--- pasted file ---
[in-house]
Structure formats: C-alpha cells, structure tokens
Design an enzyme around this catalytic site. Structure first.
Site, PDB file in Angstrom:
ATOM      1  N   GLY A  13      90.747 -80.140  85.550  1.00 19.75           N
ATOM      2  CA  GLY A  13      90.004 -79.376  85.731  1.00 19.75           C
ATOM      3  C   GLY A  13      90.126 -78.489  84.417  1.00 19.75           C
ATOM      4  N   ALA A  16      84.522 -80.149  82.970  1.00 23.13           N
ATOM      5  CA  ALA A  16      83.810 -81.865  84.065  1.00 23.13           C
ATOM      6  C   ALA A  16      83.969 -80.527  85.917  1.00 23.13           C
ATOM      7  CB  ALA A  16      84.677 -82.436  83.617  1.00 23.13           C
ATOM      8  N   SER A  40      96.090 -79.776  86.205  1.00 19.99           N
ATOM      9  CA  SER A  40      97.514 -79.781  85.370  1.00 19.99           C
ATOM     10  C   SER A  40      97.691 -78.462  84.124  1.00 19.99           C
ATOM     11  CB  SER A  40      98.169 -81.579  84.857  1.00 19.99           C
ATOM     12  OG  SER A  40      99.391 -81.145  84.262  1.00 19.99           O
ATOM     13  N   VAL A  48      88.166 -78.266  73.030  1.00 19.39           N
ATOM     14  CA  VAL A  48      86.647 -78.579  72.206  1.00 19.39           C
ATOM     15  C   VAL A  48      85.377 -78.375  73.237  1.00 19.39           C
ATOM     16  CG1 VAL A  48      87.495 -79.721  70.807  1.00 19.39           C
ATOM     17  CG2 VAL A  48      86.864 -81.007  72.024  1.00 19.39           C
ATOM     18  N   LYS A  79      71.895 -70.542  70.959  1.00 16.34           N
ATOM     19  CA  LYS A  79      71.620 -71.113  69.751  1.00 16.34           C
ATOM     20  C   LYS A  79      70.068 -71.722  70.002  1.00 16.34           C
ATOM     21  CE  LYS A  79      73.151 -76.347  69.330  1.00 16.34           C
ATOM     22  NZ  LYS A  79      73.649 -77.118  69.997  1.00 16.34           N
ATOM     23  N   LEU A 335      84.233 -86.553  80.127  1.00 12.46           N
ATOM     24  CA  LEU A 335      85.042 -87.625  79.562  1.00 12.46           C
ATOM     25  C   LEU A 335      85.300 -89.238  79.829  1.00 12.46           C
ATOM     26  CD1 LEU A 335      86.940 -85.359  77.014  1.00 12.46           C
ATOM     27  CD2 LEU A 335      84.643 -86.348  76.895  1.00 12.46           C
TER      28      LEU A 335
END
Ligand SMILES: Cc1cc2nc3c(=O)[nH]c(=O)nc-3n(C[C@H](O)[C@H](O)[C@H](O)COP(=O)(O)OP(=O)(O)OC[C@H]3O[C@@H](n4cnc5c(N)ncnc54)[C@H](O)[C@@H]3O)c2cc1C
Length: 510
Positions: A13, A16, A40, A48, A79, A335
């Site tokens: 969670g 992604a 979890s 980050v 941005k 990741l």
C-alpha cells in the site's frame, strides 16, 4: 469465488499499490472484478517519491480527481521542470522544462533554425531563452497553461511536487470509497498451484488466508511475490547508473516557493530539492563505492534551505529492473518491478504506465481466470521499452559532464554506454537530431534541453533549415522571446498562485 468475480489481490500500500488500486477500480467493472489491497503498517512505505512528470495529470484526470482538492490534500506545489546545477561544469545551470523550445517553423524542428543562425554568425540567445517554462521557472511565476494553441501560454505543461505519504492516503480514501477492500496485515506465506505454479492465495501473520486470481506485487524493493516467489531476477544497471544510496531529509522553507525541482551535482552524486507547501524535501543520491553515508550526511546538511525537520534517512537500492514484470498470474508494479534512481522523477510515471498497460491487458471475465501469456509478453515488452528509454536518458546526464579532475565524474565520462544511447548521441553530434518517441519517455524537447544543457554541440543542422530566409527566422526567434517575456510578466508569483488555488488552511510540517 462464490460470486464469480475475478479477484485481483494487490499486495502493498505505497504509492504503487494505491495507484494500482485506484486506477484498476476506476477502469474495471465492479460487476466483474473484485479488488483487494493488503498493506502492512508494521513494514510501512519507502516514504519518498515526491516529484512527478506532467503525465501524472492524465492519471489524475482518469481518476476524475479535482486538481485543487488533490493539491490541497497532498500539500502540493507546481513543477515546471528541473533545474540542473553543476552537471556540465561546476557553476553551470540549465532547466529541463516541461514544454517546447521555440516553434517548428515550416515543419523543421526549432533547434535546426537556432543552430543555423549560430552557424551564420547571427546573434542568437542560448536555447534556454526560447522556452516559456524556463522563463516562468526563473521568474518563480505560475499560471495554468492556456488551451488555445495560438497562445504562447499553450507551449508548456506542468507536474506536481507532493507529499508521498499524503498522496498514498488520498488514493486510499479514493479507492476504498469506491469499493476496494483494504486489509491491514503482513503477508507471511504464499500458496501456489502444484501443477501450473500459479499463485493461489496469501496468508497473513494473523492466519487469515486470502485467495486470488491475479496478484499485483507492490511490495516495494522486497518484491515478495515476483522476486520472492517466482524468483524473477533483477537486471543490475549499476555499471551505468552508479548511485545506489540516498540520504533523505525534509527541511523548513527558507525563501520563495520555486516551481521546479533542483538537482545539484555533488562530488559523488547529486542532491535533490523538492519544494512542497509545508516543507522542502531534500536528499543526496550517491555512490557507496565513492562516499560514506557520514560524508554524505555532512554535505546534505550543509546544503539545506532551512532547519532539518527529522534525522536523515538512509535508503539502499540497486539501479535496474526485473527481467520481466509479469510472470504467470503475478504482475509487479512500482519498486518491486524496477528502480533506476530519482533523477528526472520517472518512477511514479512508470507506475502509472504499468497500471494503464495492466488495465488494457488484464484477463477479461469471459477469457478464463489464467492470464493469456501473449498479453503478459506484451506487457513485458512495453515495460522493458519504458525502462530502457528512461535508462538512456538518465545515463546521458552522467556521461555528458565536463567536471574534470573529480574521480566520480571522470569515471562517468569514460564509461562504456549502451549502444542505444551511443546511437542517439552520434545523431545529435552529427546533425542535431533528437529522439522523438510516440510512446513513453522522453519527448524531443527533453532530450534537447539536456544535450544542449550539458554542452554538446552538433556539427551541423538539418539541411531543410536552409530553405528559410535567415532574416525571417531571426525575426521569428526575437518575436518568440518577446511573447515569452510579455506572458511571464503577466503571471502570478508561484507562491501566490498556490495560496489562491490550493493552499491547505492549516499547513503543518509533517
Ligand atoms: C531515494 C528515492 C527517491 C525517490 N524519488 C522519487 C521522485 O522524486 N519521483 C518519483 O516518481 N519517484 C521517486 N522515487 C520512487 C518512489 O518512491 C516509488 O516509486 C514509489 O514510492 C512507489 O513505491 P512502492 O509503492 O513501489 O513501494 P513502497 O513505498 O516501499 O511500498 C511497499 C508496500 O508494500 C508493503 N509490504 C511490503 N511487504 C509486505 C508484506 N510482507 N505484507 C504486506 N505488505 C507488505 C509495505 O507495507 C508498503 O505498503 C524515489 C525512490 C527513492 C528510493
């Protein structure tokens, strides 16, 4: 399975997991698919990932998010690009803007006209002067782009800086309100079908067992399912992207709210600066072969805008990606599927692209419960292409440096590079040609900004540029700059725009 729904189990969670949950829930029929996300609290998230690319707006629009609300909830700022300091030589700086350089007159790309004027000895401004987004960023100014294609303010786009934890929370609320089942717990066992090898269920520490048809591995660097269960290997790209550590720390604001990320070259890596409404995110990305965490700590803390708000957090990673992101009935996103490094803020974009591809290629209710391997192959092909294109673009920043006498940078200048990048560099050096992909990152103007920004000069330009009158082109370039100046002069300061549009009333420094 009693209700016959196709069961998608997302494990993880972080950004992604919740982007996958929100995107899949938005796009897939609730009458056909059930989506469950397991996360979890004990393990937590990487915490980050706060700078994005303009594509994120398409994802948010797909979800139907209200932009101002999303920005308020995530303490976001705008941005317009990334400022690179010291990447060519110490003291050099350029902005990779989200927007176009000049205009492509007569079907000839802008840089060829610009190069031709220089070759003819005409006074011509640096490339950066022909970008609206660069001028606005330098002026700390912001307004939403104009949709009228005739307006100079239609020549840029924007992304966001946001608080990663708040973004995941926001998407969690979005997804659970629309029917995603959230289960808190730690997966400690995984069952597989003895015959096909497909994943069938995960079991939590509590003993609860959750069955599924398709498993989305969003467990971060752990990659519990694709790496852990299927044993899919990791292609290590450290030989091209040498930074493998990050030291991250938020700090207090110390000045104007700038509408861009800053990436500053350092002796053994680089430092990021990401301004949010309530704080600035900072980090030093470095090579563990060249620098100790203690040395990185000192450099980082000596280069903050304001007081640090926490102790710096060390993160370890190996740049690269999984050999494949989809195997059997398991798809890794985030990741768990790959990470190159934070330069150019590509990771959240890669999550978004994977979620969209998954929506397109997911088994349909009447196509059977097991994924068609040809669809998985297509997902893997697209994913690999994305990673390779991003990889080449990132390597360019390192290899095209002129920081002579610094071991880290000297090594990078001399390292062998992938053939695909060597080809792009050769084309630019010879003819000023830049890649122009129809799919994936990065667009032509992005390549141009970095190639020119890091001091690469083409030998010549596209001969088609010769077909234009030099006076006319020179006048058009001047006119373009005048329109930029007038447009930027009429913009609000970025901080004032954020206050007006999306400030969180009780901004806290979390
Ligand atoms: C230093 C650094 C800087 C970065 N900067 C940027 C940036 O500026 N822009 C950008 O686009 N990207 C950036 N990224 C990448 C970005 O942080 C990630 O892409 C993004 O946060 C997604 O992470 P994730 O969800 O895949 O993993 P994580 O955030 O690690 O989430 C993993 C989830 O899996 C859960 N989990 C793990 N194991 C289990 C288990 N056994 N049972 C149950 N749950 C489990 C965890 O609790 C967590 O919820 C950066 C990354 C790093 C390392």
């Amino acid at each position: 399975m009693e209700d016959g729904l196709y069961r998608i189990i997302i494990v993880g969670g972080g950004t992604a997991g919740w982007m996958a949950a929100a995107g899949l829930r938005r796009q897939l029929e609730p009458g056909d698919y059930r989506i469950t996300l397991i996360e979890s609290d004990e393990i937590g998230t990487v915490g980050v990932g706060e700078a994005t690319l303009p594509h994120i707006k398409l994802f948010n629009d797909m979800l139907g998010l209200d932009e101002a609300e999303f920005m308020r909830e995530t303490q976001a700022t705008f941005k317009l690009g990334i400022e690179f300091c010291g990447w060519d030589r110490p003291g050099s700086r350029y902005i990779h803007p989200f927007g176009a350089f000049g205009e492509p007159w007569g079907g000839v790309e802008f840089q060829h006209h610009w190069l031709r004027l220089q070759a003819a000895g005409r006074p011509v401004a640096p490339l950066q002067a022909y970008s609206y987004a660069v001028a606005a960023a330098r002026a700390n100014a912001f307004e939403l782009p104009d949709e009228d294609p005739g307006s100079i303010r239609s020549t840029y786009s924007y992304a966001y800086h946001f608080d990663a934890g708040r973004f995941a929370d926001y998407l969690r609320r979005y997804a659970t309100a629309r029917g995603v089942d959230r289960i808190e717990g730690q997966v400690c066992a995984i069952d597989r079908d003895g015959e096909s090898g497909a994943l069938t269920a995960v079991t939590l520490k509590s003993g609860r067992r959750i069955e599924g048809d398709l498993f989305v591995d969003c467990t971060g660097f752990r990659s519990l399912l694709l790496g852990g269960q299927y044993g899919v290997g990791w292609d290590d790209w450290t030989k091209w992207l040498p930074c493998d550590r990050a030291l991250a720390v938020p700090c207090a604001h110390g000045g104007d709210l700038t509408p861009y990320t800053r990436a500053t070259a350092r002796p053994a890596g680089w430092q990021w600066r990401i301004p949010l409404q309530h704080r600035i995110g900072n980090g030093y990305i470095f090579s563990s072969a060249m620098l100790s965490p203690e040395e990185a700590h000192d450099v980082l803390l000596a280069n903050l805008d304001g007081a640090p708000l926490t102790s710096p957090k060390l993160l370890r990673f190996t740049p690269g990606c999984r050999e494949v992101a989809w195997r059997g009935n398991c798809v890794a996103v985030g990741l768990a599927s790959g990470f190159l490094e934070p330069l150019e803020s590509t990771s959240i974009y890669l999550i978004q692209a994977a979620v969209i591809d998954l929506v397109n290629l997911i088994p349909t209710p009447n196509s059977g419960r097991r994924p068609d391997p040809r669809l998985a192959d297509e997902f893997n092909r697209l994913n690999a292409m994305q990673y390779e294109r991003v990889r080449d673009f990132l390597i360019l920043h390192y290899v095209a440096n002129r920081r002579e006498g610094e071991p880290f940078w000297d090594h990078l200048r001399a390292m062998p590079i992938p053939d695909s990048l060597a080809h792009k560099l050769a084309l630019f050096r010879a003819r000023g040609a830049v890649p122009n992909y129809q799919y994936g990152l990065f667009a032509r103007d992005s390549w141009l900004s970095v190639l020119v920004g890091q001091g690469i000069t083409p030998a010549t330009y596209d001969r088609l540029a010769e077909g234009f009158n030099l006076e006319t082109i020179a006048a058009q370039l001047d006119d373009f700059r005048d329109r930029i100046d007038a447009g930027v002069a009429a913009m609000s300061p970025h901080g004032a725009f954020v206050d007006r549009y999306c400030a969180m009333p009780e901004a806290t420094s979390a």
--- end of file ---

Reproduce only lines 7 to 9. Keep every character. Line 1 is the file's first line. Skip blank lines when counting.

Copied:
ATOM      3  C   GLY A  13      90.126 -78.489  84.417  1.00 19.75           C
ATOM      4  N   ALA A  16      84.522 -80.149  82.970  1.00 23.13           N
ATOM      5  CA  ALA A  16      83.810 -81.865  84.065  1.00 23.13           C